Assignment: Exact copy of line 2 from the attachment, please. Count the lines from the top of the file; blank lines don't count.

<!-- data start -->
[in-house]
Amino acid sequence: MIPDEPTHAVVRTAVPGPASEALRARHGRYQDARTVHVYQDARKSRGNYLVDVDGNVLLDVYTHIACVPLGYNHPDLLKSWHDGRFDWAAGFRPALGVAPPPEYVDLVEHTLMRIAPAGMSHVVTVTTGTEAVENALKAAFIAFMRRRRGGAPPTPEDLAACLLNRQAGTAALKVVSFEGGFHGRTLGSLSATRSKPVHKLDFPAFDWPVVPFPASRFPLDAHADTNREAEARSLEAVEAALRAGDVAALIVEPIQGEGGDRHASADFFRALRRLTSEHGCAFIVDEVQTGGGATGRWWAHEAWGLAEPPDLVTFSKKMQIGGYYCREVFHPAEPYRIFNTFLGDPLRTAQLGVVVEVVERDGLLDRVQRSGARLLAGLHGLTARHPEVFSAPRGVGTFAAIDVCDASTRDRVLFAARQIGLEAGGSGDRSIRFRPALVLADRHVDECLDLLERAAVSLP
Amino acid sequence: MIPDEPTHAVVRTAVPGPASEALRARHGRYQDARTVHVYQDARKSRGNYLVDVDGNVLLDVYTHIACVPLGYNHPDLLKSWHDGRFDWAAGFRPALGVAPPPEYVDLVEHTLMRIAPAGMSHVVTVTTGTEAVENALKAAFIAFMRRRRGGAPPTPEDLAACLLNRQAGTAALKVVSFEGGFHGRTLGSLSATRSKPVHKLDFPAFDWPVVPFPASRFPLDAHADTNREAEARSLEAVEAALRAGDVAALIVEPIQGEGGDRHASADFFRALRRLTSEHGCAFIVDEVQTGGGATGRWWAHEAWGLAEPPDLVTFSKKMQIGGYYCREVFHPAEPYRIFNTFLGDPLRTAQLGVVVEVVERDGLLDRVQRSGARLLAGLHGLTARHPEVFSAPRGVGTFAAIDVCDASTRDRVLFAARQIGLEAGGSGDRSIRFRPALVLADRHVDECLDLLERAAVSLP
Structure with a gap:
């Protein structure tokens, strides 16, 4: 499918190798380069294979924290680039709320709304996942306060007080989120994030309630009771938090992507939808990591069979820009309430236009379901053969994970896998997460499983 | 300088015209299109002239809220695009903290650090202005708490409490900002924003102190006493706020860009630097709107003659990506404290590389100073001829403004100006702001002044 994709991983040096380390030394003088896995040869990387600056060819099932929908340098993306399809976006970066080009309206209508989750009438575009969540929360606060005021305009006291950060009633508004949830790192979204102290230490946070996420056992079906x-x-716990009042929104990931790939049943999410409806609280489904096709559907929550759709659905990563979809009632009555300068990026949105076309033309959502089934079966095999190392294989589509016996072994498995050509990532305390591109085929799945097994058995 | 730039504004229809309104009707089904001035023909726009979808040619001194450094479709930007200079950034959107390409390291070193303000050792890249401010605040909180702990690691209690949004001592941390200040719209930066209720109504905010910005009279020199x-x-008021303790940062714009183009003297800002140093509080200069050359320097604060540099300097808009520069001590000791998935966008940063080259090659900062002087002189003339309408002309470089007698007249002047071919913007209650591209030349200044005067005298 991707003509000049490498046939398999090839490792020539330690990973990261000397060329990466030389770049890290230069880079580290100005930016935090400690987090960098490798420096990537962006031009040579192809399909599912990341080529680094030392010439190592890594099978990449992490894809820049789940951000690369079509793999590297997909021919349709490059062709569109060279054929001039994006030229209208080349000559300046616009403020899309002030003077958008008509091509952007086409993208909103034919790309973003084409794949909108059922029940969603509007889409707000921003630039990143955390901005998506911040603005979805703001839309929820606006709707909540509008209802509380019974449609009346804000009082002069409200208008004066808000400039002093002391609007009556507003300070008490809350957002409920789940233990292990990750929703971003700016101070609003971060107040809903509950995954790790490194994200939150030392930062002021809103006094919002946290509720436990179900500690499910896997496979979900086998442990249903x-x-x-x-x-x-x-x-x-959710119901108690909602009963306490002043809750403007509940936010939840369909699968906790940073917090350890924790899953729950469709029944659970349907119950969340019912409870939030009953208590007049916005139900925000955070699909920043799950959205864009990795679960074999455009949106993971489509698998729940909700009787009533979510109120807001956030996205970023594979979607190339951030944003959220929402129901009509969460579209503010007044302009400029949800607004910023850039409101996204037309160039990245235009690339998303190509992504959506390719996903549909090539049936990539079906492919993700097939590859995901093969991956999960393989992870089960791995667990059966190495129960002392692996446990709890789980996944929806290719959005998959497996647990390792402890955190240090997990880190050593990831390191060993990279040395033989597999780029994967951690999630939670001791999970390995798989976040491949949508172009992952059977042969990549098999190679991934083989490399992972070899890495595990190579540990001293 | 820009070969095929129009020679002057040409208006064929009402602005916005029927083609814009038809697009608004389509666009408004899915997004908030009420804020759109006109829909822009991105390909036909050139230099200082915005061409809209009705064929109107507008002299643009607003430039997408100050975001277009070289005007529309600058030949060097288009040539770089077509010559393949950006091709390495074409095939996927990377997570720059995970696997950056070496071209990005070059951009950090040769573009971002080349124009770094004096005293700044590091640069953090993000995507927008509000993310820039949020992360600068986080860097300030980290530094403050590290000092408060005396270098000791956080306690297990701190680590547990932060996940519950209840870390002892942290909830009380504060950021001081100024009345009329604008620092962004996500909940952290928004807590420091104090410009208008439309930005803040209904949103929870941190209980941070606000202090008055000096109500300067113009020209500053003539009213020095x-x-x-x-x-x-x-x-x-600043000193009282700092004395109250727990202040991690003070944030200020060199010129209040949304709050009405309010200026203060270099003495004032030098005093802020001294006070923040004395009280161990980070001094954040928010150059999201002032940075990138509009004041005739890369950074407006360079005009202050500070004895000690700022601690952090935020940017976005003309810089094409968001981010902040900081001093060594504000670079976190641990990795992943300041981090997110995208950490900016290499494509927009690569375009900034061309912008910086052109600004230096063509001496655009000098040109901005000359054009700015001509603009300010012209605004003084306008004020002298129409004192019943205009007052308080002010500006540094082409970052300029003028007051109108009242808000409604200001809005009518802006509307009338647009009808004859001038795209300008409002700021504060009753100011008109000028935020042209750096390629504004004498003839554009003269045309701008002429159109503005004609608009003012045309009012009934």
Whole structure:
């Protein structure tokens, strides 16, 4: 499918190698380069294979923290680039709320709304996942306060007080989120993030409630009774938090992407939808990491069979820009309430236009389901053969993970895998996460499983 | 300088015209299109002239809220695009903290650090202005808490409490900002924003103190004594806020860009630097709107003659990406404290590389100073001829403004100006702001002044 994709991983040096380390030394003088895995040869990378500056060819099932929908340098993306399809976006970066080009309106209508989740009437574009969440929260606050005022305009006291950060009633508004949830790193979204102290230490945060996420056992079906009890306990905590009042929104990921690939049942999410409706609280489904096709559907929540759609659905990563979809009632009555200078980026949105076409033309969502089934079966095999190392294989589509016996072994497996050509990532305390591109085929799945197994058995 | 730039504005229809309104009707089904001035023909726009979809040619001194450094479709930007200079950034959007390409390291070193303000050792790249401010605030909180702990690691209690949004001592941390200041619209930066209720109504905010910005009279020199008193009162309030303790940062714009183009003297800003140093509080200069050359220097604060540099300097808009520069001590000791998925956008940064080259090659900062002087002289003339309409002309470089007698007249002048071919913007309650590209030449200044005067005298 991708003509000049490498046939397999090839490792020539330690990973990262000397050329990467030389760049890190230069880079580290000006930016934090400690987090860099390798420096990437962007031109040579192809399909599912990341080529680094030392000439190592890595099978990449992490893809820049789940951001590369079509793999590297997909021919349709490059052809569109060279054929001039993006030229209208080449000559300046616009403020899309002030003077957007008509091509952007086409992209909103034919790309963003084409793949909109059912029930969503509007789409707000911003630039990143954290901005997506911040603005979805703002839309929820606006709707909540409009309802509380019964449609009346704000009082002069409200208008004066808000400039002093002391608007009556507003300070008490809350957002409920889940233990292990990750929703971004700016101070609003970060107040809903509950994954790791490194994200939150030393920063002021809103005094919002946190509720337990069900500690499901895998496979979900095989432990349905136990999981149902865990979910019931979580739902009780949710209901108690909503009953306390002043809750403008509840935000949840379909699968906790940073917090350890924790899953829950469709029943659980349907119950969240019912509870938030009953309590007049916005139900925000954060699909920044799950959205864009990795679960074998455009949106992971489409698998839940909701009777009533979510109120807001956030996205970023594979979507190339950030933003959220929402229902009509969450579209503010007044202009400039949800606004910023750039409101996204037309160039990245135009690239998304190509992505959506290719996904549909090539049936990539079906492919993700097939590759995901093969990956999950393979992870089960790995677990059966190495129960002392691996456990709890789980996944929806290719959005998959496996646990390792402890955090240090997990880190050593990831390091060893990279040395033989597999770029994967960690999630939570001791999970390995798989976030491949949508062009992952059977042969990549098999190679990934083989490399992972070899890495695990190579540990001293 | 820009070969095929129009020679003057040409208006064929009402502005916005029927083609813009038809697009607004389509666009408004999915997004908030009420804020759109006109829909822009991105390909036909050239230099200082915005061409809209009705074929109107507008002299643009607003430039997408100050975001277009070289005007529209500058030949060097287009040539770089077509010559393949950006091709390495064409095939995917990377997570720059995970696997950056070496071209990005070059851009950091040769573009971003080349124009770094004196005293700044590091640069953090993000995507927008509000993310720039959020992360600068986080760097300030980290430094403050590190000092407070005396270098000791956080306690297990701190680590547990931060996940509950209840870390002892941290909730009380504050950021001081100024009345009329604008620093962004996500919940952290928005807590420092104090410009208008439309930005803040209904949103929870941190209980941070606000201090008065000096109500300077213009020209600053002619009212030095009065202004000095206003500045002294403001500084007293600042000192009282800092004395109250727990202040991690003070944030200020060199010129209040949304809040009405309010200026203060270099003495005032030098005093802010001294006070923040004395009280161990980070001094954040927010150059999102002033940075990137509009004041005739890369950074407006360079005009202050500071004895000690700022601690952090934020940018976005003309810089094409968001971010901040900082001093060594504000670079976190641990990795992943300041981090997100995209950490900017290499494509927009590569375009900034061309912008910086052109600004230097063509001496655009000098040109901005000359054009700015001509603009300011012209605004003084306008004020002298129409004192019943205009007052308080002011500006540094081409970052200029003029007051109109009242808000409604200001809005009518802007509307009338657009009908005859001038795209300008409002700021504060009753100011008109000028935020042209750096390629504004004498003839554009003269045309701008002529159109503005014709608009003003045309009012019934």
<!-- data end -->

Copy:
Amino acid sequence: MIPDEPTHAVVRTAVPGPASEALRARHGRYQDARTVHVYQDARKSRGNYLVDVDGNVLLDVYTHIACVPLGYNHPDLLKSWHDGRFDWAAGFRPALGVAPPPEYVDLVEHTLMRIAPAGMSHVVTVTTGTEAVENALKAAFIAFMRRRRGGAPPTPEDLAACLLNRQAGTAALKVVSFEGGFHGRTLGSLSATRSKPVHKLDFPAFDWPVVPFPASRFPLDAHADTNREAEARSLEAVEAALRAGDVAALIVEPIQGEGGDRHASADFFRALRRLTSEHGCAFIVDEVQTGGGATGRWWAHEAWGLAEPPDLVTFSKKMQIGGYYCREVFHPAEPYRIFNTFLGDPLRTAQLGVVVEVVERDGLLDRVQRSGARLLAGLHGLTARHPEVFSAPRGVGTFAAIDVCDASTRDRVLFAARQIGLEAGGSGDRSIRFRPALVLADRHVDECLDLLERAAVSLP